Characterization of the antibody responses elicited upon SARS-CoV-2 infection

  • Funded by National Institutes of Health (NIH)
  • Total publications:0 publications

Grant number: 3U19AI111825-07S1

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Key facts

  • Disease

    COVID-19
  • Start & end year

    2020
    2022
  • Known Financial Commitments (USD)

    $1,500,000
  • Funder

    National Institutes of Health (NIH)
  • Principle Investigator

    Pending
  • Research Location

    United States of America, Americas
  • Lead Research Institution

    ROCKEFELLER UNIVERSITY
  • Research Category

    Pathogen: natural history, transmission and diagnostics

  • Research Subcategory

    Immunity

  • Special Interest Tags

    Gender

  • Study Subject

    Clinical

  • Clinical Trial Details

    Unspecified

  • Broad Policy Alignment

    Pending

  • Age Group

    Unspecified

  • Vulnerable Population

    Unspecified

  • Occupations of Interest

    Unspecified

Abstract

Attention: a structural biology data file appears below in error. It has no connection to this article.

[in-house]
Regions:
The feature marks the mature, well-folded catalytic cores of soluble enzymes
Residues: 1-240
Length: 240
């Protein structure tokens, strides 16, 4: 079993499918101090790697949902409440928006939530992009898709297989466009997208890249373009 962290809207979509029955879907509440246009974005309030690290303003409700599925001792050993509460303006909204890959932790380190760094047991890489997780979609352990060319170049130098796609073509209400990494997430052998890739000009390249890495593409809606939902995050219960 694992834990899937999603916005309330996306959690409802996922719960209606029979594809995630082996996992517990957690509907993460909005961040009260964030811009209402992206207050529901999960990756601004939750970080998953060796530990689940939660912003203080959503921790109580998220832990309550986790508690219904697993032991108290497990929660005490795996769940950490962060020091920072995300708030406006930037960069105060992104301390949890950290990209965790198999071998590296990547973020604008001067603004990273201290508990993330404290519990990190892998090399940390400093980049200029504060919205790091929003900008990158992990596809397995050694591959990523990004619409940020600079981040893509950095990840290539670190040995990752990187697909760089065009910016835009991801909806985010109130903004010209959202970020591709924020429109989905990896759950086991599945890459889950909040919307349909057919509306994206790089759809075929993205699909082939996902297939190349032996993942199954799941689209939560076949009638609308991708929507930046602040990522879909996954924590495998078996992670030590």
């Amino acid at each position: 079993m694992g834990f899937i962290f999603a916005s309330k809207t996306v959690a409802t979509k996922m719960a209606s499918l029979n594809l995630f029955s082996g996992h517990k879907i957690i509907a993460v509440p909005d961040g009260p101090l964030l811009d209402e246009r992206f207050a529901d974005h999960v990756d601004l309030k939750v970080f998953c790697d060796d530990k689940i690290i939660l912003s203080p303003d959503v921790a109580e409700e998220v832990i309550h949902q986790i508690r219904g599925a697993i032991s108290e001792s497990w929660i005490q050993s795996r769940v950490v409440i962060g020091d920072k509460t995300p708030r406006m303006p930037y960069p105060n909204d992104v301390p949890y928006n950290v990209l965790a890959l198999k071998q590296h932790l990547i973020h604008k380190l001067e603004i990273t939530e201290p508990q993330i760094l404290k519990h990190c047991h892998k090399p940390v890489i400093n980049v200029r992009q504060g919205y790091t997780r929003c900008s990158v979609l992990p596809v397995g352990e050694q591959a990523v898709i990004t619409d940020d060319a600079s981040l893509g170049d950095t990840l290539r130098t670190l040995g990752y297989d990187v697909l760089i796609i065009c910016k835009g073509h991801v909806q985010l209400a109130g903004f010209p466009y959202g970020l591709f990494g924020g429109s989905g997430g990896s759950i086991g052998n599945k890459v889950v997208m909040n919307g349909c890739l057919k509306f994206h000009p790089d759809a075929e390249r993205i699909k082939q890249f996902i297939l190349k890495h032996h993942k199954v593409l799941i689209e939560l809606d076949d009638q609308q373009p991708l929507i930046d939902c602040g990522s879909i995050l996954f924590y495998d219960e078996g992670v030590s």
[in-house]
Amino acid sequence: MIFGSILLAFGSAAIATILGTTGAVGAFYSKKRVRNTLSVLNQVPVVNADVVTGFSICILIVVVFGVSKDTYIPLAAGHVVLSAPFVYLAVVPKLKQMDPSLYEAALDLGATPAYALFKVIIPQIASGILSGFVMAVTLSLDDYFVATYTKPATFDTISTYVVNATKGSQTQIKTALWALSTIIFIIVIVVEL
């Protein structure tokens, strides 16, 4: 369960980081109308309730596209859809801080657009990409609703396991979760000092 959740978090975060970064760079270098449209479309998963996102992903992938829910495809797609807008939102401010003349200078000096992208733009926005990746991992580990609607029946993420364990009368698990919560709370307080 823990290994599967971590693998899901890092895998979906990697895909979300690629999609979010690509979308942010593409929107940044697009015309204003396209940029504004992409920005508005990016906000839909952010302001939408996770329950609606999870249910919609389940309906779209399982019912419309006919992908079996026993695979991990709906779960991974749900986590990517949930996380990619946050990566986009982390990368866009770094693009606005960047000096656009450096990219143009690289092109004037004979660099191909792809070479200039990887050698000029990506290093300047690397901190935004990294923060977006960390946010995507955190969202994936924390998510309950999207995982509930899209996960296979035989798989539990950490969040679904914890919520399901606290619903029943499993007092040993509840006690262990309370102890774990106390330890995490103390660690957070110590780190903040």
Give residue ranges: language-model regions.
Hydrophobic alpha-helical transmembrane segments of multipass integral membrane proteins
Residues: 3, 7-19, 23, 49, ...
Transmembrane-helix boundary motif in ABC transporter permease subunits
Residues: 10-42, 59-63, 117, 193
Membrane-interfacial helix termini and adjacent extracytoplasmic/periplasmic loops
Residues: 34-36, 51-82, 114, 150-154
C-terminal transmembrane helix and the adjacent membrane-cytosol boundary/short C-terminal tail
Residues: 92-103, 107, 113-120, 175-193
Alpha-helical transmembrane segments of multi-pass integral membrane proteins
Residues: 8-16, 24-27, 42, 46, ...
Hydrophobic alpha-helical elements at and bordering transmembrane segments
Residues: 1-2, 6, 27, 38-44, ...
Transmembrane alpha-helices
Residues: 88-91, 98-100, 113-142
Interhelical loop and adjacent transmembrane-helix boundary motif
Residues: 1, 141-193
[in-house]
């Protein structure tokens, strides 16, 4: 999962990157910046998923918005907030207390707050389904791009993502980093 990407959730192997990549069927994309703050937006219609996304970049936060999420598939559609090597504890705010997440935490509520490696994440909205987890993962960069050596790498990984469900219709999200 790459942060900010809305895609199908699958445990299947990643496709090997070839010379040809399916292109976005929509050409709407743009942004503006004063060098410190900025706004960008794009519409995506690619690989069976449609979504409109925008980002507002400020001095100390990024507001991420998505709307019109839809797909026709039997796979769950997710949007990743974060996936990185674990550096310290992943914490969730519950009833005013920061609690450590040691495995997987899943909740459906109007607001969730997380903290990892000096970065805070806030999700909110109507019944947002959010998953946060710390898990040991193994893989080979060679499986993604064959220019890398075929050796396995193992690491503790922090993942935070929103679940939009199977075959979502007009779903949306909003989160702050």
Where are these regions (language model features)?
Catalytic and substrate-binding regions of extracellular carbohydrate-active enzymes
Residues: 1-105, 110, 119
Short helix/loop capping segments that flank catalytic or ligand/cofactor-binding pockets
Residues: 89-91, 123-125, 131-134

AbstractExtensive research on the basic immunological mechanisms that drive human immunity has provided the generalframework by which the human immune system responds to foreign antigens. However, it is well-appreciatedthat each viral infection poses unique challenges to the immune system and the elicited immune responses arecharacterized by substantial heterogeneity that impacts disease susceptibility and pathogenesis, by conferringeither protective or disease-enhancing activities. The ongoing COVID-19 pandemic represents a significantthreat for global public health with tremendous socio-economic consequences. Early clinical and epidemiologicaldata from COVID-19 patients suggest that while for the majority of the population, SARS-CoV-2 infection causesmild symptoms that usually resolve within a few weeks, a substantial fraction of patients develops severe, oftenlife-threatening, clinical complications, including acute respiratory distress syndrome and pneumonia.Differences in the induction of protective antiviral immunity likely accounts for the differential susceptibility tosevere disease upon SARS-CoV-2 infection. Understanding the heterogeneity of immune responses elicitedupon SARS-CoV-2 infection is therefore critical for characterizing the immune mechanisms that confer protectionagainst COVID-19 disease, guiding the development of novel therapeutics for disease control, as well as,determining disease susceptibility in high-risk populations. The proposed studies aim to characterize theantibody responses that are elicited upon infection with SARS-CoV-2, determining the breadth of antibodyspecificities, neutralization potency, as well as Fc domain heterogeneity of anti-SARS-CoV-2 IgG antibodies.More specifically, we plan to recruit recovered COVID-19 patients and systematically analyze their B-cellresponses to determine their transcriptomic profile, as well as the functional properties of their B-cell receptors.In parallel, serologic studies from these individuals aim to characterize the breadth and potency of theirneutralization activity and determine the subclass and Fc glycan distribution of anti-SARS-CoV-2 antibodies.Additionally, Fc domain function will be assessed in well-established ADCC, ADCP, and ADE assays to evaluatethe capacity of anti-SARS-CoV-2 IgG antibodies to confer protective or pathogenic activities. Follow-up serologicstudies will be performed in a large cohort of patients with variable disease severity, ranging from asymptomaticto severe symptomatic cases, to determine the functional activity of elicited anti-SARS-CoV-2 antibodies andassess their Fc domain heterogeneity and effector function. These studies are within the scope of our parentgrant, as they are focused on the understanding of the immune responses that are elicited during viral infection.We anticipate that the findings of these studies will provide novel insights into the immunological mechanismsthat confer protection or susceptibility to COVID-19 disease, accelerating our efforts for the development ofvaccine or therapeutic interventions for the control of SARS-CoV-2 infection.